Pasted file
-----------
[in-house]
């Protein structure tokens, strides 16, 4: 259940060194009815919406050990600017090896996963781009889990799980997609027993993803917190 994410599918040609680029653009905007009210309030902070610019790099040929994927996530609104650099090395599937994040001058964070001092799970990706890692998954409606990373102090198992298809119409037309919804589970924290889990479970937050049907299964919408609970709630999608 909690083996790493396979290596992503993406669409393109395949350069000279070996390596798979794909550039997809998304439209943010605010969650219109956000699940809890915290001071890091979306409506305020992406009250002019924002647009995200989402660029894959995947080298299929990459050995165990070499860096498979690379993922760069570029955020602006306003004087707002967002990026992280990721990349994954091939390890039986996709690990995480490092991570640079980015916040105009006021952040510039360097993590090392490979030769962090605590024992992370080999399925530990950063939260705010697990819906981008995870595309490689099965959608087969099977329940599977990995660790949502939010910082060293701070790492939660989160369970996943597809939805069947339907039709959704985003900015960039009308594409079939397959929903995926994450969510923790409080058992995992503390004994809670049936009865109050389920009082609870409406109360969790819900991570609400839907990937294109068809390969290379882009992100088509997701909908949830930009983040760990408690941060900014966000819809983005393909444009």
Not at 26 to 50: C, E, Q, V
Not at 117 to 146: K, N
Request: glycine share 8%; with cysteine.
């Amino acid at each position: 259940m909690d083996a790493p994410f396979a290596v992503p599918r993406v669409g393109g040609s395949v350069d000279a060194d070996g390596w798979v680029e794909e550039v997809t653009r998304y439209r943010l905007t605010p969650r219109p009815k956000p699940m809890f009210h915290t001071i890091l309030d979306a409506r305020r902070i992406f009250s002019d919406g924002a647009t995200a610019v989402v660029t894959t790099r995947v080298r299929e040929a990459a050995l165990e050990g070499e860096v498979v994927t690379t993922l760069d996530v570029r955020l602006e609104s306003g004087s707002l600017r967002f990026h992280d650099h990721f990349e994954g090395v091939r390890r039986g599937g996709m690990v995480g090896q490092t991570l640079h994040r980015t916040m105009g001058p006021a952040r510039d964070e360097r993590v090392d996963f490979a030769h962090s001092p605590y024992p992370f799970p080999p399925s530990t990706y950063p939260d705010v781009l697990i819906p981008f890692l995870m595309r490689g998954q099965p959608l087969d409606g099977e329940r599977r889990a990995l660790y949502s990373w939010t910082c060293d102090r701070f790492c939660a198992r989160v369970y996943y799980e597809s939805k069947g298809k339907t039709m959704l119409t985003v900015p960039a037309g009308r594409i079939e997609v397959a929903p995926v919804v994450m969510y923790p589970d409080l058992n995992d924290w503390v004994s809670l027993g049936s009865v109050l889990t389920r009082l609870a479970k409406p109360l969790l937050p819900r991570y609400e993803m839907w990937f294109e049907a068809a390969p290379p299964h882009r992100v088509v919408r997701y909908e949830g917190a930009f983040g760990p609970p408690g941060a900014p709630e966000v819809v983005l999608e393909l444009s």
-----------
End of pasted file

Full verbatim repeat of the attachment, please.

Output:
[in-house]
């Protein structure tokens, strides 16, 4: 259940060194009815919406050990600017090896996963781009889990799980997609027993993803917190 994410599918040609680029653009905007009210309030902070610019790099040929994927996530609104650099090395599937994040001058964070001092799970990706890692998954409606990373102090198992298809119409037309919804589970924290889990479970937050049907299964919408609970709630999608 909690083996790493396979290596992503993406669409393109395949350069000279070996390596798979794909550039997809998304439209943010605010969650219109956000699940809890915290001071890091979306409506305020992406009250002019924002647009995200989402660029894959995947080298299929990459050995165990070499860096498979690379993922760069570029955020602006306003004087707002967002990026992280990721990349994954091939390890039986996709690990995480490092991570640079980015916040105009006021952040510039360097993590090392490979030769962090605590024992992370080999399925530990950063939260705010697990819906981008995870595309490689099965959608087969099977329940599977990995660790949502939010910082060293701070790492939660989160369970996943597809939805069947339907039709959704985003900015960039009308594409079939397959929903995926994450969510923790409080058992995992503390004994809670049936009865109050389920009082609870409406109360969790819900991570609400839907990937294109068809390969290379882009992100088509997701909908949830930009983040760990408690941060900014966000819809983005393909444009």
Not at 26 to 50: C, E, Q, V
Not at 117 to 146: K, N
Request: glycine share 8%; with cysteine.
């Amino acid at each position: 259940m909690d083996a790493p994410f396979a290596v992503p599918r993406v669409g393109g040609s395949v350069d000279a060194d070996g390596w798979v680029e794909e550039v997809t653009r998304y439209r943010l905007t605010p969650r219109p009815k956000p699940m809890f009210h915290t001071i890091l309030d979306a409506r305020r902070i992406f009250s002019d919406g924002a647009t995200a610019v989402v660029t894959t790099r995947v080298r299929e040929a990459a050995l165990e050990g070499e860096v498979v994927t690379t993922l760069d996530v570029r955020l602006e609104s306003g004087s707002l600017r967002f990026h992280d650099h990721f990349e994954g090395v091939r390890r039986g599937g996709m690990v995480g090896q490092t991570l640079h994040r980015t916040m105009g001058p006021a952040r510039d964070e360097r993590v090392d996963f490979a030769h962090s001092p605590y024992p992370f799970p080999p399925s530990t990706y950063p939260d705010v781009l697990i819906p981008f890692l995870m595309r490689g998954q099965p959608l087969d409606g099977e329940r599977r889990a990995l660790y949502s990373w939010t910082c060293d102090r701070f790492c939660a198992r989160v369970y996943y799980e597809s939805k069947g298809k339907t039709m959704l119409t985003v900015p960039a037309g009308r594409i079939e997609v397959a929903p995926v919804v994450m969510y923790p589970d409080l058992n995992d924290w503390v004994s809670l027993g049936s009865v109050l889990t389920r009082l609870a479970k409406p109360l969790l937050p819900r991570y609400e993803m839907w990937f294109e049907a068809a390969p290379p299964h882009r992100v088509v919408r997701y909908e949830g917190a930009f983040g760990p609970p408690g941060a900014p709630e966000v819809v983005l999608e393909l444009s």